sample

189

Nokia Lumia 1020: Photo samples

While the Nokia Lumia 1020 for AT&T is a stellar Windows Phone for checking your emails, posting to Twitter or listening to music, that’s not why you want to buy one, right? Nope, it’s for those 41MP images (and oversampled smaller ones).

As a preview to our review, here are some sample photos that we took today. The images posted here are the smaller 5MP photos with Nokia’s oversampling i.e. these are the ones you would share. They’re also resized to fit your computer display.

Fear not pixel peepers as we have the originals, in their full HD glory, right here for downloading (via SkyDrive). Warning though, it’s an 85 MB ZIP file.

More →
12
loading...
86
loading...
66
loading...
0
loading...

File this under fun.

During the production phase of the Nokia Lumia 920, the hardworking folks who put together these remarkable devices quickly test out the camera, checking for colors and whether or not it even works. Sometimes though, they forget to delete the samples. Such is the case with Ryan J.'s phone, which still had a few photos and even a video clip on board.

Head past the break and catch a quick glimpse at the people behind your new toy.

More →
0
loading...
11
loading...
21
loading...
0
loading...

We told you that you have to get used to seeing these side-by-side videos of the Nokia Lumia 920’s video camera in action. That’s because optical image stabilization in a smartphone is kind of a big deal for camera technology—it’s really a big step forward and one of the first real innovations since BSI hit the scene.

The video above, hailing from Russia we presume, shows the Lumia 920 mounted to the inside windshield of a car as it drives over train tracks and some bumpy terrain. It’s compared to…well, we’re not sure, as our Cyrillic translator is a bit off today. But the point should be clear that when OIS is used for video, it actually makes a huge difference in terms of quality. Needless to say, we can’t wait to try it.

Source: YouTube; via Reddit

More →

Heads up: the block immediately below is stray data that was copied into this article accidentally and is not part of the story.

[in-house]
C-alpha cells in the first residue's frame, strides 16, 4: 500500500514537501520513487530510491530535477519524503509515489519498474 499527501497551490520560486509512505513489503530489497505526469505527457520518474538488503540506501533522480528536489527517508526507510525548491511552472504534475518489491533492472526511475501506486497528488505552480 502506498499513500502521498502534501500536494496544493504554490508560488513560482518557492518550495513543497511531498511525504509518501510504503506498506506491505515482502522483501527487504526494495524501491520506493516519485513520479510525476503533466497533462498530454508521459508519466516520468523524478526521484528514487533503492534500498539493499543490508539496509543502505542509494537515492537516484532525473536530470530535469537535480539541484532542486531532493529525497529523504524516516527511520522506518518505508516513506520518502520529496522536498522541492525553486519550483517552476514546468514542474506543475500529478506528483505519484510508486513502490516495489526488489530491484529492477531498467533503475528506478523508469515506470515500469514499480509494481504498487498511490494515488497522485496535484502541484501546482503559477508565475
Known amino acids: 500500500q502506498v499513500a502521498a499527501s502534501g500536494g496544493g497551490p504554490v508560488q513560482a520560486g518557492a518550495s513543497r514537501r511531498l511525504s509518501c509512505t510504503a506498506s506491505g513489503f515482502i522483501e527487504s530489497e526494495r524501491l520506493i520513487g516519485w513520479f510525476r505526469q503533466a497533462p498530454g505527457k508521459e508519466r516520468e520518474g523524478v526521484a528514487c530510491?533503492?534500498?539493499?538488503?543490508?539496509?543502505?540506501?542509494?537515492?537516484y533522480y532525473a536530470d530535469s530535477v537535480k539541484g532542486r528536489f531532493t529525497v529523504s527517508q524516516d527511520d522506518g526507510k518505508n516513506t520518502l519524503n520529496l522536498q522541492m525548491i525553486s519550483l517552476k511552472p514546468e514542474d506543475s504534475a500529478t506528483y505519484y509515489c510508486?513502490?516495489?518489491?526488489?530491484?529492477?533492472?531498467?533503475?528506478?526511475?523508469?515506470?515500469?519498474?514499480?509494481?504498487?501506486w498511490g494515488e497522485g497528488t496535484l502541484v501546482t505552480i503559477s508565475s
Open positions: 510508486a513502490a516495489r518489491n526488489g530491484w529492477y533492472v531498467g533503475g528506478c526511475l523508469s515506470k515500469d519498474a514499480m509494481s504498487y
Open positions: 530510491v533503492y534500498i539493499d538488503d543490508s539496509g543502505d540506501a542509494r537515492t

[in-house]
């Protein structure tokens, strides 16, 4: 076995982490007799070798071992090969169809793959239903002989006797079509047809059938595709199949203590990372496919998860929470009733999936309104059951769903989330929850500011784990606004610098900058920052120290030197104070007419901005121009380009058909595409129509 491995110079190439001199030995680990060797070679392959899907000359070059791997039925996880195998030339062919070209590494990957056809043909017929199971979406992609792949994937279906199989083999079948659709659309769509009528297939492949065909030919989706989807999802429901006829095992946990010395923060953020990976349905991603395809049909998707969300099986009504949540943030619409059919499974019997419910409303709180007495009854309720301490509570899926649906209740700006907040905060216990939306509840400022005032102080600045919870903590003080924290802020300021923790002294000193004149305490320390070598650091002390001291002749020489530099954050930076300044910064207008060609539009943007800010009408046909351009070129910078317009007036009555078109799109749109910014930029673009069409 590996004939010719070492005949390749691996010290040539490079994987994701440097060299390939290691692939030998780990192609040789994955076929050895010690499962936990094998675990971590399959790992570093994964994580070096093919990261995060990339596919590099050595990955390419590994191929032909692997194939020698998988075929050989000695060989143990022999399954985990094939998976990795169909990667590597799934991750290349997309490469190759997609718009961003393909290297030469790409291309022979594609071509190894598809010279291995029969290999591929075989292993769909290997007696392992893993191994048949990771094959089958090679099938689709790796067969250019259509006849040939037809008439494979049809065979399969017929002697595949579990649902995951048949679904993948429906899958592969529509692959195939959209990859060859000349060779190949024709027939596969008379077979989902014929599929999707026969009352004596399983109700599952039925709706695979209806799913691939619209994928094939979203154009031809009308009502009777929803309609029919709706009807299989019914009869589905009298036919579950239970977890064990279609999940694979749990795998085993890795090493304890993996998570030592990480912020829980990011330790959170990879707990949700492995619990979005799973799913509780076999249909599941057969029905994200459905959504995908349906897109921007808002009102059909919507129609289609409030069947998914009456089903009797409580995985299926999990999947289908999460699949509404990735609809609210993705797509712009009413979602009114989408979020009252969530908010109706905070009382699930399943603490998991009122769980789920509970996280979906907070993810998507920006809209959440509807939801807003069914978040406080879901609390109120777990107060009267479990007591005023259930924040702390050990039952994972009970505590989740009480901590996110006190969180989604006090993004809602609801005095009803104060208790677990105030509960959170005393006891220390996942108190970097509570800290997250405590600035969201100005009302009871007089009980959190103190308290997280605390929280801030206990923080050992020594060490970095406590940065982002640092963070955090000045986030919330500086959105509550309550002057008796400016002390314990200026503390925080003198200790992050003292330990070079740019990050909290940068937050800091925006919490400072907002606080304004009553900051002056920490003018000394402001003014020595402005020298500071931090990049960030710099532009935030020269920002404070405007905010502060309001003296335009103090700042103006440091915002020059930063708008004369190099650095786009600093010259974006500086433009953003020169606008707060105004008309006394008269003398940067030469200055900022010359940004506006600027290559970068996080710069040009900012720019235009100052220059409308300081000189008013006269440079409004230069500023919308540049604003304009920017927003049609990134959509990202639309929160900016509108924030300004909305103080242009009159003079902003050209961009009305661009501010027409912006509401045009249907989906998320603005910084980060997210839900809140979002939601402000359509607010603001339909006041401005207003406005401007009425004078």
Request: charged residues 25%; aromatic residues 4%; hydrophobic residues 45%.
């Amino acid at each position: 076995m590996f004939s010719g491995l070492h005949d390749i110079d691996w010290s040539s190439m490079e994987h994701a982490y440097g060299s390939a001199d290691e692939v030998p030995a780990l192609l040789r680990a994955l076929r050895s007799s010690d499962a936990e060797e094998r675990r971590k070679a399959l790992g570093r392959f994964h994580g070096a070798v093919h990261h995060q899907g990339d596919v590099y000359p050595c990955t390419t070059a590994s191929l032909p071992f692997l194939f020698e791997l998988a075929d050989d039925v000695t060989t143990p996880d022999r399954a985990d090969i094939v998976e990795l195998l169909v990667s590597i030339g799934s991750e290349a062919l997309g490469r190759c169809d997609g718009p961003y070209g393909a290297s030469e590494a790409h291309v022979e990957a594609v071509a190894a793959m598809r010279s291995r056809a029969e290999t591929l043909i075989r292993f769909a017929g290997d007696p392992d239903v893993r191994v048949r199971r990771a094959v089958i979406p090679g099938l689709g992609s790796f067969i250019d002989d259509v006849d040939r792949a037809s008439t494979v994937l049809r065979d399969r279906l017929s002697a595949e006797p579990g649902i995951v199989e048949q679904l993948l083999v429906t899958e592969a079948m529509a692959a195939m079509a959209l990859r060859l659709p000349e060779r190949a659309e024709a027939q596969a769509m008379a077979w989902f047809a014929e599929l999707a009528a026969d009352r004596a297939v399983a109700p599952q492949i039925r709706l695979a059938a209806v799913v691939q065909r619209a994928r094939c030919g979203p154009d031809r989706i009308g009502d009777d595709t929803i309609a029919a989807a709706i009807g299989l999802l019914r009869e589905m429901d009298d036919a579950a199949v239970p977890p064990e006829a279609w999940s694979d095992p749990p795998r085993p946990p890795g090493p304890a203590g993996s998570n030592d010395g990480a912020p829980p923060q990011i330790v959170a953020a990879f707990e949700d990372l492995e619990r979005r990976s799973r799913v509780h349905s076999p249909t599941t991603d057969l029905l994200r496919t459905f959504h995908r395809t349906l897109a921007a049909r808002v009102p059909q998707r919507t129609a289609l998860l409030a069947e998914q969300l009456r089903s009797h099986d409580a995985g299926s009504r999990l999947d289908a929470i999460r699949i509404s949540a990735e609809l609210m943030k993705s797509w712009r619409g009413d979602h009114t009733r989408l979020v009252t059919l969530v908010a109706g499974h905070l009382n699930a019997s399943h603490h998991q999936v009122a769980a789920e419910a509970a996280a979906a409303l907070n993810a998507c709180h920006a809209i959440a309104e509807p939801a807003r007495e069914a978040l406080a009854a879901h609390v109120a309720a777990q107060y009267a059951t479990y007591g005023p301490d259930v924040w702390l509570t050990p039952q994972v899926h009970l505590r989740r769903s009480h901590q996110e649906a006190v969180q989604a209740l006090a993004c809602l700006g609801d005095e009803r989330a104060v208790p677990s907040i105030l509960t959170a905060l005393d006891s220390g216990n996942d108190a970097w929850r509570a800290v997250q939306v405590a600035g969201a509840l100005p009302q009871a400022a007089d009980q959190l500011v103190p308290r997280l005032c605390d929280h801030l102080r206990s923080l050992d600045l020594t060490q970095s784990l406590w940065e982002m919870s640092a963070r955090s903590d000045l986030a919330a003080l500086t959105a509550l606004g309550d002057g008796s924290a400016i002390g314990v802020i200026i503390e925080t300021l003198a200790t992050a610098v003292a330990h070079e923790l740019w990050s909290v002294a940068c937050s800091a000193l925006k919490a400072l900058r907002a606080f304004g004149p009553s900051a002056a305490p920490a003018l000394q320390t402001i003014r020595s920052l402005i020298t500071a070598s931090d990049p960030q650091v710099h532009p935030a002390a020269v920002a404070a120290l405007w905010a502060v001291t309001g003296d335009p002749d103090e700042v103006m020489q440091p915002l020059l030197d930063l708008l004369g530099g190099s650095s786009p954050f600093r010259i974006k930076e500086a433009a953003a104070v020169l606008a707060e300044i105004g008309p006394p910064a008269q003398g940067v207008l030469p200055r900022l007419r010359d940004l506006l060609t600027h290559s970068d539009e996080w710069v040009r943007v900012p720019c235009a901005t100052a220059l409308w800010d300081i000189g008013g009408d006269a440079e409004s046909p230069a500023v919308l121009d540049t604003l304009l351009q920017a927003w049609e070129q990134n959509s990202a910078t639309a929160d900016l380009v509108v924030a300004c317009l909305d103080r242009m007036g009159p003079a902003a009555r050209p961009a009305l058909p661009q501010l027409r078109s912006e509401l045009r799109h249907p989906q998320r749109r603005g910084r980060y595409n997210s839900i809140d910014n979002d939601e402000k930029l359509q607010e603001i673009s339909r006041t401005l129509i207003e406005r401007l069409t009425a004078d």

1
loading...
37
loading...
42
loading...
0
loading...

First off, congratulations to Nokia’s Chanse Arrington who’s Head of Developer & Content Marketing at the company. He was just married and while the addition of a wife to his life must be fulfilling, we’re focused on that Lumia 920.

The picture above is taken with the 920 as posted to his public SkyDrive account (he Tweeted the image yesterday). The picture is obviously very low light though a flash is used this case to brighten the scene.

Flash photography is a finicky subject. A lot of us shoot “natural”, which means big heavy lenses and only on available light. But sometimes you have to use a flash for certain situations. One thing though pros never do is use the “on board” flash—it’s like sacrilege. That’s why they always have giant flash contraptions with diffusers and such to give a much better photo.

More →
2
loading...
3
loading...
29
loading...
0
loading...

HTC testing the FF camera on the 8X

When we had our hands on with the HTC 8X a few weeks ago, we were able to test the camera and noted at the time that it was extremely quick (due to the dedicated image chip). Since then, some sample images of the rear 8MP shooter have come forth and they look really good for a modern smartphone.

Over on the official HTC Blog, they posted an interview with HTC product planner Anthony Rutter focusing on the HTC 8X and 8S. While most of the info in the interview is quite basic for our readers e.g. the new Live Tile system in Windows Phone 8, they did post a single image of the front-facing camera.

More →
1
loading...
8
loading...
31
loading...
0
loading...

The 8X features a solid 8MP shooter

Although we’re convinced that the Nokia Lumia 920’s camera sets the bar for “high end” these days, HTC is no slouch either and their Windows Phone 8X has some nifty specs going for it as well.

The 8X’s camera features an impressive F/2.0 aperture at a cozy 28mm and 8MP. It also sports a backside illuminated  (BSI) sensor and a dedicated image-chip for fast processing and some advanced photo processing.

The result? It’s a darn good camera.

More →
14
loading...
537
loading...
110
loading...
0
loading...

As you may have noticed, the new HTC 8X for Windows Phone 8 features a nice little hardware amplifier (2.55v) to boost audio output.